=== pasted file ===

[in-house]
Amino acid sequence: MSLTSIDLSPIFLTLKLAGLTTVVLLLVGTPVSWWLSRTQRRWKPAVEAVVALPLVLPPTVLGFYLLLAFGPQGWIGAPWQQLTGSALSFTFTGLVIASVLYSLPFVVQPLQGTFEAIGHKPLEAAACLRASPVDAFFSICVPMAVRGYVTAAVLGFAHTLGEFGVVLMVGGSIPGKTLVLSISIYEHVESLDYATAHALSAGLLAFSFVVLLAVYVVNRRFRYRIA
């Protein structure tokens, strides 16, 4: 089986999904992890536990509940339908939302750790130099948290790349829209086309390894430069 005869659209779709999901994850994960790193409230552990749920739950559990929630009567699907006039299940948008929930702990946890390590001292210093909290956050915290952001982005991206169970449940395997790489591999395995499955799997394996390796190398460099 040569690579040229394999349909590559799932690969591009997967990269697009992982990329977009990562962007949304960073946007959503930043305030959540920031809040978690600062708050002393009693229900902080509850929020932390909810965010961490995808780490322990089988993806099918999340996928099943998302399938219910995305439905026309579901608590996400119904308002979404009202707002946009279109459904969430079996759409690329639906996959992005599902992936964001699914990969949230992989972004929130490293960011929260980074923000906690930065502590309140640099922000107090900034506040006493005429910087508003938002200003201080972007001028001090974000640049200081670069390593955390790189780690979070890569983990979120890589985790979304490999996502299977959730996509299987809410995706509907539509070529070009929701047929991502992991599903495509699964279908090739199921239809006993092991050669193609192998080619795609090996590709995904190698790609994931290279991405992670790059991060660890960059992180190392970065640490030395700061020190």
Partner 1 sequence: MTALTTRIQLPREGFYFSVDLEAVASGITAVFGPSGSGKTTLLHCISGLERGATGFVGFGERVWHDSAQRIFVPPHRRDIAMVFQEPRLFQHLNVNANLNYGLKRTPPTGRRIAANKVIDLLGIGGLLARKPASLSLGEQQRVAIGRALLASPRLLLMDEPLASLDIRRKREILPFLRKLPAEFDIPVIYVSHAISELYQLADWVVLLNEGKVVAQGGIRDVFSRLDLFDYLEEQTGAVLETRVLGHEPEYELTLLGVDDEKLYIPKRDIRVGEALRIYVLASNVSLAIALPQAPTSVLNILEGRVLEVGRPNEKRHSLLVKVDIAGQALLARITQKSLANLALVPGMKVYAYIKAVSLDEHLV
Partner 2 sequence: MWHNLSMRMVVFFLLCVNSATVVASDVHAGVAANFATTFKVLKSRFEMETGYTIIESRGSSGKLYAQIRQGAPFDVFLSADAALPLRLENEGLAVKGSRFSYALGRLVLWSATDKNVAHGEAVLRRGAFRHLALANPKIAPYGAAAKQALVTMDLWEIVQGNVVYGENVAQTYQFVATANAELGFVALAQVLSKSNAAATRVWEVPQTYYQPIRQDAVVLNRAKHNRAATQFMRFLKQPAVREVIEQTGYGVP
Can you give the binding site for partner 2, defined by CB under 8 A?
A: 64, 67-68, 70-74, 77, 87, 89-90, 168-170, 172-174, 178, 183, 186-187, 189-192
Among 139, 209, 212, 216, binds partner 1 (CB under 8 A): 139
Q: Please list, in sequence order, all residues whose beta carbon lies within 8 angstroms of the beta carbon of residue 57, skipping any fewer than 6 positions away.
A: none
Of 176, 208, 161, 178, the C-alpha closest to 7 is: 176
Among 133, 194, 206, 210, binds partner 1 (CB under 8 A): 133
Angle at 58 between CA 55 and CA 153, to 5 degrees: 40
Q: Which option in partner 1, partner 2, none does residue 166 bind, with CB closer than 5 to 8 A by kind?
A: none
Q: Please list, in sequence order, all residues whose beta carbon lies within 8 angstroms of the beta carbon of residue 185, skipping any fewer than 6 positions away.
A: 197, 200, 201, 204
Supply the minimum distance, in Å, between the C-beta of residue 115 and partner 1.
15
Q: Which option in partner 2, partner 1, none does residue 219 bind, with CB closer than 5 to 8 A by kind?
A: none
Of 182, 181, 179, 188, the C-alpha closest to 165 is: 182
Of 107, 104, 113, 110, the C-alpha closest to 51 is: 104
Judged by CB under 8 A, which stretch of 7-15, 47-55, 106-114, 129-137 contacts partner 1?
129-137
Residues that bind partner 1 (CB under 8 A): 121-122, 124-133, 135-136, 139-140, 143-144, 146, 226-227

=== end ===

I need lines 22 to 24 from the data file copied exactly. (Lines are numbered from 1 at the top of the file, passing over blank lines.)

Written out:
Of 182, 181, 179, 188, the C-alpha closest to 165 is: 182
Of 107, 104, 113, 110, the C-alpha closest to 51 is: 104
Judged by CB under 8 A, which stretch of 7-15, 47-55, 106-114, 129-137 contacts partner 1?